Flying on the Edge: Teaching Through Excitement and Fear
This session will address the theme of edge effects by offering lessons learned from three semesters of teaching my drones course – a class that typically causes an overlap of some common emotions in the learning process: excitement and fear. However, this is no common learning process. Students are controlling a flying robot that has potential to cause physical damage and bodily harm if these competing emotions are not controlled properly, as well. It's beyond interesting to be an observer as student after student pushes themselves to the edge, pun intended, of their comfort zones and, in many cases, tackles his or her emotions in the name of learning.
Attendees will hear from students interviewed in the moment of transitioning from excitement to fear (and back). How did they succeed in this scenario? What was going through their minds? How can we, as educators, create more scenarios like this to challenge our students?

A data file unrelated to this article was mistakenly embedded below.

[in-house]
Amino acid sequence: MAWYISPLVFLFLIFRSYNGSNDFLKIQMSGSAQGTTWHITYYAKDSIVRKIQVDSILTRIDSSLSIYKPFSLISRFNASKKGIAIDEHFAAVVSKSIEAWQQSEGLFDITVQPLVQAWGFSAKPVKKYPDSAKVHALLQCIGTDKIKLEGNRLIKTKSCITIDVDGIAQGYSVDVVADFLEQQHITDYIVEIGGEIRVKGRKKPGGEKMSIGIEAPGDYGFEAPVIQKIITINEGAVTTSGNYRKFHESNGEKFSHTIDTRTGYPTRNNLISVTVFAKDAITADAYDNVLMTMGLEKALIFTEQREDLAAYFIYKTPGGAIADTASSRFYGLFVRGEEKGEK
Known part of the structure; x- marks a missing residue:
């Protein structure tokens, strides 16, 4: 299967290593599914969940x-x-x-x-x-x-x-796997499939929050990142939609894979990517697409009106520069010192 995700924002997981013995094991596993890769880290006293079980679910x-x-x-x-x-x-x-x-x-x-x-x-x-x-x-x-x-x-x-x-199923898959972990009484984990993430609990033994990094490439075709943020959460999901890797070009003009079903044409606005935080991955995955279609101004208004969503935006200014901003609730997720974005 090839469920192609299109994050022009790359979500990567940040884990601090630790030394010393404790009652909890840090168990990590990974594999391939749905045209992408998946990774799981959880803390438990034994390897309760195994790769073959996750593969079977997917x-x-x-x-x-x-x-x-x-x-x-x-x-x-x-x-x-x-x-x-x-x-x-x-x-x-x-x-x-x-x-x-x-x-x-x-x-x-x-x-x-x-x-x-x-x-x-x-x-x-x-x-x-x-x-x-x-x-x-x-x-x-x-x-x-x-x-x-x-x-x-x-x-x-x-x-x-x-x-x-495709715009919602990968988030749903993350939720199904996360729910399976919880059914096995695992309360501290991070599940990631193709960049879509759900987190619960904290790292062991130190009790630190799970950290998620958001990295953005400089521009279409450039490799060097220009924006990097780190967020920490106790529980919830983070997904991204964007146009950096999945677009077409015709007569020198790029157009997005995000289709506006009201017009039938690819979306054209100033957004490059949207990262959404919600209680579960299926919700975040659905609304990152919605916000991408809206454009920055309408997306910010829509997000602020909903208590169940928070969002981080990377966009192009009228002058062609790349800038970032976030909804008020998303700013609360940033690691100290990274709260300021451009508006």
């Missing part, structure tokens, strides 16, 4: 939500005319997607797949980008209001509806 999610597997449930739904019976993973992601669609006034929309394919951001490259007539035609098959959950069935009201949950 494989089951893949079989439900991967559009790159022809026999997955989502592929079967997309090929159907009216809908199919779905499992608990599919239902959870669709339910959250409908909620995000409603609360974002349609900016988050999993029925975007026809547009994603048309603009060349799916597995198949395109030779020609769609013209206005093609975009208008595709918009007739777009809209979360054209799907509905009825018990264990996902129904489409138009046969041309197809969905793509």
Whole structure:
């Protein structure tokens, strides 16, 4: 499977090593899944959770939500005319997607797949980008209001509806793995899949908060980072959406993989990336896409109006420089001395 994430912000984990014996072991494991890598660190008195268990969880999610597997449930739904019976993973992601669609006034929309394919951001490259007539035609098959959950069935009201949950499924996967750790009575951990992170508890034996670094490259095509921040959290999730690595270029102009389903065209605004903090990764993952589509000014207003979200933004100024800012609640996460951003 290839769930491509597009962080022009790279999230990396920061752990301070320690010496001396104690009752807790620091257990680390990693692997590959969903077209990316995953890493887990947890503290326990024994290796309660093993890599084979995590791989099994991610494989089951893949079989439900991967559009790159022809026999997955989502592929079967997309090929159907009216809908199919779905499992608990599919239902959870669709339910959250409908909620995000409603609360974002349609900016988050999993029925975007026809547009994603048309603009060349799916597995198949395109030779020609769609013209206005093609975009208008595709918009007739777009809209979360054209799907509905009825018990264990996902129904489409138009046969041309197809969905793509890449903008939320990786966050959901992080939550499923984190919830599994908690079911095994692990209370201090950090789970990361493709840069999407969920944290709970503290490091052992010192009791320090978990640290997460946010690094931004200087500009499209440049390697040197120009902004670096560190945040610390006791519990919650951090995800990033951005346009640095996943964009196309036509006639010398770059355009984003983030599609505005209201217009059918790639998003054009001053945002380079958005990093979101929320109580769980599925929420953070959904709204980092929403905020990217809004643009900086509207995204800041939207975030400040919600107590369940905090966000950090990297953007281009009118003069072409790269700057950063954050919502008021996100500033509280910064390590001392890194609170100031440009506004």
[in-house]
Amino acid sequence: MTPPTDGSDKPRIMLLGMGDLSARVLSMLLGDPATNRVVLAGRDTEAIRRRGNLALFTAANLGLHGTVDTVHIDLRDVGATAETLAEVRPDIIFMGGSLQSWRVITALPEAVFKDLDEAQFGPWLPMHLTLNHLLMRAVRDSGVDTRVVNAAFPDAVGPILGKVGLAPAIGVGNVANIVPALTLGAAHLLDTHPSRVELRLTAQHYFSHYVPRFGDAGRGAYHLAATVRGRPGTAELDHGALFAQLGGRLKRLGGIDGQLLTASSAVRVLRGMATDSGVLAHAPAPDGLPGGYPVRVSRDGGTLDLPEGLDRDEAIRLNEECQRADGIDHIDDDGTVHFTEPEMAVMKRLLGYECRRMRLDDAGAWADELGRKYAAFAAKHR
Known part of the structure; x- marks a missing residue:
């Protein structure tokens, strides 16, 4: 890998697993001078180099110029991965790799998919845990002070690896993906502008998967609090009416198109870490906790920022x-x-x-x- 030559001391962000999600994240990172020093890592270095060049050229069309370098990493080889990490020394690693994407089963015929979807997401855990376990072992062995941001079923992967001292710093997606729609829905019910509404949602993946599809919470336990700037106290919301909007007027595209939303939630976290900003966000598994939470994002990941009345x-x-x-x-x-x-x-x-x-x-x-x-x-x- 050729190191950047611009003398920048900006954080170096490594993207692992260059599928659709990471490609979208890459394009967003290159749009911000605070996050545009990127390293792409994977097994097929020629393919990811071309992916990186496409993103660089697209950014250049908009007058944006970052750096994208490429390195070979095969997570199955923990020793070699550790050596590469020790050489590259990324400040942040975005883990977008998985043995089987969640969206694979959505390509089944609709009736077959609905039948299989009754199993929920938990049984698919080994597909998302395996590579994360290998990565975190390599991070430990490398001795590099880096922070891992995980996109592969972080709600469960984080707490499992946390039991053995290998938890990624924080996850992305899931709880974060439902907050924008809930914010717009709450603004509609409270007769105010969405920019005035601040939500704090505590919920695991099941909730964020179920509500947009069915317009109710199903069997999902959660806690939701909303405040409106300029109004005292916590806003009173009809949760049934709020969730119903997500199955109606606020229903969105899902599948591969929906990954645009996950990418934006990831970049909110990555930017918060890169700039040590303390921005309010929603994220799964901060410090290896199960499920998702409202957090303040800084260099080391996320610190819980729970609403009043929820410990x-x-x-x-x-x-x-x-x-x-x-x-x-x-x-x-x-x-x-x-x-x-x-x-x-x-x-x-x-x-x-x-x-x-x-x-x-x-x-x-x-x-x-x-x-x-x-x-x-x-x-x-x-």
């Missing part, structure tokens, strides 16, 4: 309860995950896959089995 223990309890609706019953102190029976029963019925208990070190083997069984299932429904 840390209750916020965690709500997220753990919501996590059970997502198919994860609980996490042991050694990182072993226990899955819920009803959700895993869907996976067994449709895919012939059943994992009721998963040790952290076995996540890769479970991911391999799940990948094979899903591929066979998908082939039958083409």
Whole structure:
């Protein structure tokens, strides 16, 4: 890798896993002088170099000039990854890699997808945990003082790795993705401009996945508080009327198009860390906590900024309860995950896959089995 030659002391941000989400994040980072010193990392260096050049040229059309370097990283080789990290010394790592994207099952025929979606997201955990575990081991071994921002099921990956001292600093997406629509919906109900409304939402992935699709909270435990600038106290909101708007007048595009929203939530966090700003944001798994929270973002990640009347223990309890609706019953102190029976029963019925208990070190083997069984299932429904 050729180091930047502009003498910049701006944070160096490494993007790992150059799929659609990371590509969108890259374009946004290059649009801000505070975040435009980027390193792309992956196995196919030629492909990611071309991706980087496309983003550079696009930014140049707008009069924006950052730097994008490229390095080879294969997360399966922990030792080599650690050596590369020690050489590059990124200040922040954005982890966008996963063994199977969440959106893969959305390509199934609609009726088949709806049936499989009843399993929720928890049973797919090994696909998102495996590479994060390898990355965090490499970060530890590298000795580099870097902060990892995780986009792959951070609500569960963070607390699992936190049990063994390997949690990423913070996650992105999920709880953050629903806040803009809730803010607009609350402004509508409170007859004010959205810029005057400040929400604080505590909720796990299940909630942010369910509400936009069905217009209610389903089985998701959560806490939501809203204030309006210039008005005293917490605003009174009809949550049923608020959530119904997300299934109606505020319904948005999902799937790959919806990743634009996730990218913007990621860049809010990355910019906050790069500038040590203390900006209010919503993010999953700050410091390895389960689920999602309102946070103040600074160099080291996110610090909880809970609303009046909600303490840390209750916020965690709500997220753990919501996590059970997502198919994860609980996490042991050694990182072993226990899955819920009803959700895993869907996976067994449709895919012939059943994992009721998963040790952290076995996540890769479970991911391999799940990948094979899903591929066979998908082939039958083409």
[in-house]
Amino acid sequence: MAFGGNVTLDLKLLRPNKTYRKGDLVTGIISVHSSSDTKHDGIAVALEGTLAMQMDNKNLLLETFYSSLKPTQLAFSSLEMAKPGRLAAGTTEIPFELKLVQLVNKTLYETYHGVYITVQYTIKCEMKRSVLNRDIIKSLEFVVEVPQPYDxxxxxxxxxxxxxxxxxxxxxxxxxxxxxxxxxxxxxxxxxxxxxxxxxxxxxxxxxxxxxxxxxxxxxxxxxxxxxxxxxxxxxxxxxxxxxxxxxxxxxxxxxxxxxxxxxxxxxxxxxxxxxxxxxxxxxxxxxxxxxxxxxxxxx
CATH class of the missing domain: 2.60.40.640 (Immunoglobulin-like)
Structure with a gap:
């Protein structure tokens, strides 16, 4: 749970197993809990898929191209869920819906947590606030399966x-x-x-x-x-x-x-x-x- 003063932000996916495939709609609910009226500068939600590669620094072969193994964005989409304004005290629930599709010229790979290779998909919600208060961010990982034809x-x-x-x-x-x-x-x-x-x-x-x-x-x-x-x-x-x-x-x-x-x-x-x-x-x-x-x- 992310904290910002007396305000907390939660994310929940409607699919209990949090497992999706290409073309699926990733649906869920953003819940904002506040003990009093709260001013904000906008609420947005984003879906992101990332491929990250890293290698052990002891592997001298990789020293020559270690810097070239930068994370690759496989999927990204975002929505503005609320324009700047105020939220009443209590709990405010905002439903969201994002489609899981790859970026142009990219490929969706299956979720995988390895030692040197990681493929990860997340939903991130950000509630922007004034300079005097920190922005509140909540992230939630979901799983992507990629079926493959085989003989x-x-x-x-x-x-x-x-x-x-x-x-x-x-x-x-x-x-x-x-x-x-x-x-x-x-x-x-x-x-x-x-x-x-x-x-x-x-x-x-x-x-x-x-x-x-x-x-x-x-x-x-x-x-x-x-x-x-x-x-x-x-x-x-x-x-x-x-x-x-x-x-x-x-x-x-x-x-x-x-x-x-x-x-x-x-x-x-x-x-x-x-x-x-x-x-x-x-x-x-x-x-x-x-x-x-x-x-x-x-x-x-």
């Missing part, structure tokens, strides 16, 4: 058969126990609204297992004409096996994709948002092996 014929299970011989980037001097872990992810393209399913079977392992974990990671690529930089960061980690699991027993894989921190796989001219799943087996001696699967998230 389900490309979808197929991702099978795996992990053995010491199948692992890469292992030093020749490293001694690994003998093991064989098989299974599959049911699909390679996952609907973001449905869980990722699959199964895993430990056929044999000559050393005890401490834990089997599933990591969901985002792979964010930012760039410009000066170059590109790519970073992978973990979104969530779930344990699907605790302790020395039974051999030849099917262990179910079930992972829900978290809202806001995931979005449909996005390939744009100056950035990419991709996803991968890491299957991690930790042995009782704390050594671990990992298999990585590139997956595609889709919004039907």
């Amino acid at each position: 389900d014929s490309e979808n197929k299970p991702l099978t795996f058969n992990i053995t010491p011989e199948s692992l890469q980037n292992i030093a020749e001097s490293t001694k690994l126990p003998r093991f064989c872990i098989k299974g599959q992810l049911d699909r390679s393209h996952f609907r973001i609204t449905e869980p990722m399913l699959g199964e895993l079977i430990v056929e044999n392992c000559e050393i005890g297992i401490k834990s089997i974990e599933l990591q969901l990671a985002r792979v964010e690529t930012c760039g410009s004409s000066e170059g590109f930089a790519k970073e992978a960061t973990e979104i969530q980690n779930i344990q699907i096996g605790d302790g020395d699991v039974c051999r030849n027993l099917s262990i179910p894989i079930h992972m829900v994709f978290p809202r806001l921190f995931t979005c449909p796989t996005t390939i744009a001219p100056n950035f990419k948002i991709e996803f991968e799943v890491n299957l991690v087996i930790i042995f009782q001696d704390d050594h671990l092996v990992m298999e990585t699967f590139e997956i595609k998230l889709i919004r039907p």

Learning objectives and assessment are, justifiably, the main considerations when designing a new course. But what about the student experience? What emotions, if any, will they experience during the process of learning? Over the course of three semesters, the drones class in the School of Journalism and Mass Communication at Texas State University has repeatedly given students the opportunity to tackle two of the most common human emotions – excitement and fear – as these emotions overlap in a unique learning environment. This paper will explore how students overcome these emotions that are, oftentimes, competing for attention – all while students hold the controls of a flying robot with the potential to cause physical damage or bodily harm.